For years I actually resented Enter the Dragon because it was the Hollywoodizing of Bruce Lee’s movies. The simplicity of his Hong Kong movies and the style seemed to be lost in big vast sets, huge cast and production costs. But as I have over the years swayed from my perch and begun to accept it as a very good movie and worthy of its praise. Most of my gripe was with Warner Bros who has pushed individual collectors editions and large events surrounding a film that is 3rd or 4th best of his few films he made.
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Fist of Fury, sometimes referred to as the Chinese Connection is the second film of Bruce Lee in his Kung Fu Cinema collection. The title confusion comes from the movies being sent to America and somehow The Big Boss ended up with the Fury title and the mo vie execs then gave Fury the Chinese Connection title in reference to the French Connection thought the two films have absolutely no plot relation.
Fury is probably the highest quality of all of Bruce Lee’s films when it comes down purely to the picture quality since the remastering of the films this decade. And the soundtrack theme may very well be his most famous associated music.
Bruce stars as Chen a young student who avenges his teachers murder by a rival master along with the love interests sub plot that many films during the Golden Age of Kung Fu contained. This was Bruce Lee’s second and final film with director Lo Wei who Lee disagreed with the racial content of Japanese v Chinese that many films of this genre portrayed. In future films that Lee had more control over this sentiment was not seen.
Chen defies his schools wishes and pokes his nose into refuting insults and investigating his teacher’s death. When his actions draw more attention to his comrades Chen must make a choice leave Shanghai or fight to the end, this is Bruce Lee, we know how he chooses. The infiltration of the fortress requires Chen to go undercover which is some of Bruce Lee’s greatest acting.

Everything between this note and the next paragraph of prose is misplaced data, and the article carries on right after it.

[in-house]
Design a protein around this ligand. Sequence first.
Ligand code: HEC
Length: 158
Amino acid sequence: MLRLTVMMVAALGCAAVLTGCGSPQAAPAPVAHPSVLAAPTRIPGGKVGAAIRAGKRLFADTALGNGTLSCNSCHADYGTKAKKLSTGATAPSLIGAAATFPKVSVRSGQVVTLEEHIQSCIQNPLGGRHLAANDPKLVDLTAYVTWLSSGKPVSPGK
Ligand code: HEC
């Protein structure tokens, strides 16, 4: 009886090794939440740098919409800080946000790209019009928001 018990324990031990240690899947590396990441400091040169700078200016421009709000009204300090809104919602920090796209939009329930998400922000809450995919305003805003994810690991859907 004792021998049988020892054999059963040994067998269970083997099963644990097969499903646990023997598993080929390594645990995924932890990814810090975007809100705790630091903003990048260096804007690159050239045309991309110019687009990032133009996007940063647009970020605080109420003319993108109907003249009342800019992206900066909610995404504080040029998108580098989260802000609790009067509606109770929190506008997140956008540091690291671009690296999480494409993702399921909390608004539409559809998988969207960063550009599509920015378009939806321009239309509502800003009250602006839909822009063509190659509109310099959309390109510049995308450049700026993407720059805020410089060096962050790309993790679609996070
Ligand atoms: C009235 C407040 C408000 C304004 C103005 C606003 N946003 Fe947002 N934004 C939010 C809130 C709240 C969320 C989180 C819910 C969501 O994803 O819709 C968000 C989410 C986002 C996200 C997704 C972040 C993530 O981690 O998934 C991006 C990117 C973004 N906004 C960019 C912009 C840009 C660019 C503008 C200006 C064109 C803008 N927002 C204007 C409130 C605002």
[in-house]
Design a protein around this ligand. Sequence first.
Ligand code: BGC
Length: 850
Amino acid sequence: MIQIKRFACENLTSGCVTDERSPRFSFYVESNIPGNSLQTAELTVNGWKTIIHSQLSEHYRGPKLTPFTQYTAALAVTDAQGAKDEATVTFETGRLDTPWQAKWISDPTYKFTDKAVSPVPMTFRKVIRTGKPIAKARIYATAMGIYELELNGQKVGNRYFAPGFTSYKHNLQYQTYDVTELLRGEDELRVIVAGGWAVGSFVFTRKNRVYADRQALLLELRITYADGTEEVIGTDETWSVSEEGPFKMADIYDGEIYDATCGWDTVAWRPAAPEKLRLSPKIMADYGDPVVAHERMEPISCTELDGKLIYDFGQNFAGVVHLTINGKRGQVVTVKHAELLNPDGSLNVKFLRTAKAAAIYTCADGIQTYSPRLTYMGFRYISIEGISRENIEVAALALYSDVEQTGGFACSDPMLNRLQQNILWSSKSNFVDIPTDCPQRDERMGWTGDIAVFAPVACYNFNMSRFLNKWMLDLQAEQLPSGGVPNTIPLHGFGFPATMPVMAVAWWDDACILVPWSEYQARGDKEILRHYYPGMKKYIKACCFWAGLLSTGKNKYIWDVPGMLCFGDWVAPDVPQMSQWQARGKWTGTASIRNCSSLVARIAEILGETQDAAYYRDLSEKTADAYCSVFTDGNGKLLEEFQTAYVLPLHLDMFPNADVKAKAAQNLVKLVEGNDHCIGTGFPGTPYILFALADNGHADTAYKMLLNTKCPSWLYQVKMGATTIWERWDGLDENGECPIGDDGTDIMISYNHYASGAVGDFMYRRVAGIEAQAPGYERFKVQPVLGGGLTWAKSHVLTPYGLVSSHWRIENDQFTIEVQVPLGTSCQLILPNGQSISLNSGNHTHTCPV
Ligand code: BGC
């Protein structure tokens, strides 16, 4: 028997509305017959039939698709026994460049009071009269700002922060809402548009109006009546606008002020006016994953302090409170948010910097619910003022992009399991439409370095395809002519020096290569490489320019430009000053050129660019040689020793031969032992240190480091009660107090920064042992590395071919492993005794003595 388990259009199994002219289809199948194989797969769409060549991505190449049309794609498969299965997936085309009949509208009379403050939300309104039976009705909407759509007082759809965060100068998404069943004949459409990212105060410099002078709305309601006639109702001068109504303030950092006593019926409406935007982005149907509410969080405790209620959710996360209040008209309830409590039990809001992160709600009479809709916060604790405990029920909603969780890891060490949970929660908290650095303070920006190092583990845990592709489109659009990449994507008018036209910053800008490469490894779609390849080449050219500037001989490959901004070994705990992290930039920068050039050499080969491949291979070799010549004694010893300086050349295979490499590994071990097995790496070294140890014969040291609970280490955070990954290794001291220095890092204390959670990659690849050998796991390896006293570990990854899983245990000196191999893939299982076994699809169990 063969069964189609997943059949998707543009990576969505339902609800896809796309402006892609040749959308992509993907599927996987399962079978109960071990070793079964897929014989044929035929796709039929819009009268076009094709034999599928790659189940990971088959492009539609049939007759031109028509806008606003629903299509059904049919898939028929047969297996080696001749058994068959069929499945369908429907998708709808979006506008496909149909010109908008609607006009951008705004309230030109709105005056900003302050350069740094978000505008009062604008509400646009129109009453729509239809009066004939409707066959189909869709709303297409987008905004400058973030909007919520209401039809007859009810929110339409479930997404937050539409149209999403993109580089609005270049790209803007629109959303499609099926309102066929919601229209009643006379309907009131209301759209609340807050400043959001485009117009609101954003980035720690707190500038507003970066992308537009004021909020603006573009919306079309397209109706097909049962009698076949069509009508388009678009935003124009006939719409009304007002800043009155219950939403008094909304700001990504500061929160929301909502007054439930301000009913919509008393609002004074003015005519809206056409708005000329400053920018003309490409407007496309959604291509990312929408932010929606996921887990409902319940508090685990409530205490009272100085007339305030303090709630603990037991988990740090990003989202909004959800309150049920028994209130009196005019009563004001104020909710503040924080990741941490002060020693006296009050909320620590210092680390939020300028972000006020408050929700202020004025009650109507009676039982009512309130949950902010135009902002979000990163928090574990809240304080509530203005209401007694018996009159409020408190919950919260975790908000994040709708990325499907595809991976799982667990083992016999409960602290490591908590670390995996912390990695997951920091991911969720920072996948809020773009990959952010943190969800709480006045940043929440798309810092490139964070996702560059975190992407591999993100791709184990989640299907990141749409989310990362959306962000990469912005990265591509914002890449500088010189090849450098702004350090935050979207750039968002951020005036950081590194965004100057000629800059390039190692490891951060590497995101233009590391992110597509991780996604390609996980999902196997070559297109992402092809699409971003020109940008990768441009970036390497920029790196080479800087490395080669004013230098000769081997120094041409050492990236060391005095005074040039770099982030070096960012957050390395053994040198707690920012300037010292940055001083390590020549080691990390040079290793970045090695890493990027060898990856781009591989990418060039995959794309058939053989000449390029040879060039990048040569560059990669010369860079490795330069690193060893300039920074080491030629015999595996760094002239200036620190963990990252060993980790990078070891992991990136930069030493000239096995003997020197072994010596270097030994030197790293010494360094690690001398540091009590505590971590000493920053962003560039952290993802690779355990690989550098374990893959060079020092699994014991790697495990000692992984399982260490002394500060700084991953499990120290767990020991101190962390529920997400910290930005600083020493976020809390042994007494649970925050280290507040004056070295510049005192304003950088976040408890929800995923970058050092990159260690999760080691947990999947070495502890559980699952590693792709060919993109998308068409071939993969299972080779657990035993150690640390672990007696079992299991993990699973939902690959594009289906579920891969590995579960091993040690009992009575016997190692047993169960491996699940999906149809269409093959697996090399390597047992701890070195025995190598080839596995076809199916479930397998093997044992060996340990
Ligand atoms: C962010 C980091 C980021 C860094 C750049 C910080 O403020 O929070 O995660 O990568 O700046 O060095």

The success of Big Boss allowed for Lee to be able to have more control of fight direction and choreographed the action in Fury that included his character. The added control made for much improved quality in the fight scenes and intensity.
Fist of Fury introduced the nunchuku to the world as formidable weapon and an alternative to the less concealable Katana. The school fight scene man be Lee’s most famous scene and one of cinemas’ greatest action sequences. Also hidden in this scene is Bruce Lee’s first work with Jackie Chan who plays a student in the Japanese class, look hard for him.
The closing moment of the film was at Lee’s request, and much like the ending many films of the 70 era there is no happy ending for the hero.
Fist of Fury is Lee’s most reproduced work and has also produced several unconnected sequels none of which are worth the time. If you intend on watching one of the remakes I would suggest the Fist of Legend re-imagination starring Jet Li. Produced by Golden Harvest the original producer the movie stays very close to the original storyline with a little more expansion on the school dynamics and relationships. The fight scenes are almost a mirror image in style and choreography. Some consider it Li’s best work, I am not one of those people, his style though similar to Lee’s original teachings in Wushu is too tight and defined to flow in comparison to Lee’s Jeet Kun Do. Li is an exceptional actor and has produced amazing work, but his style is his own and works in his films, just not as Bruce Lee.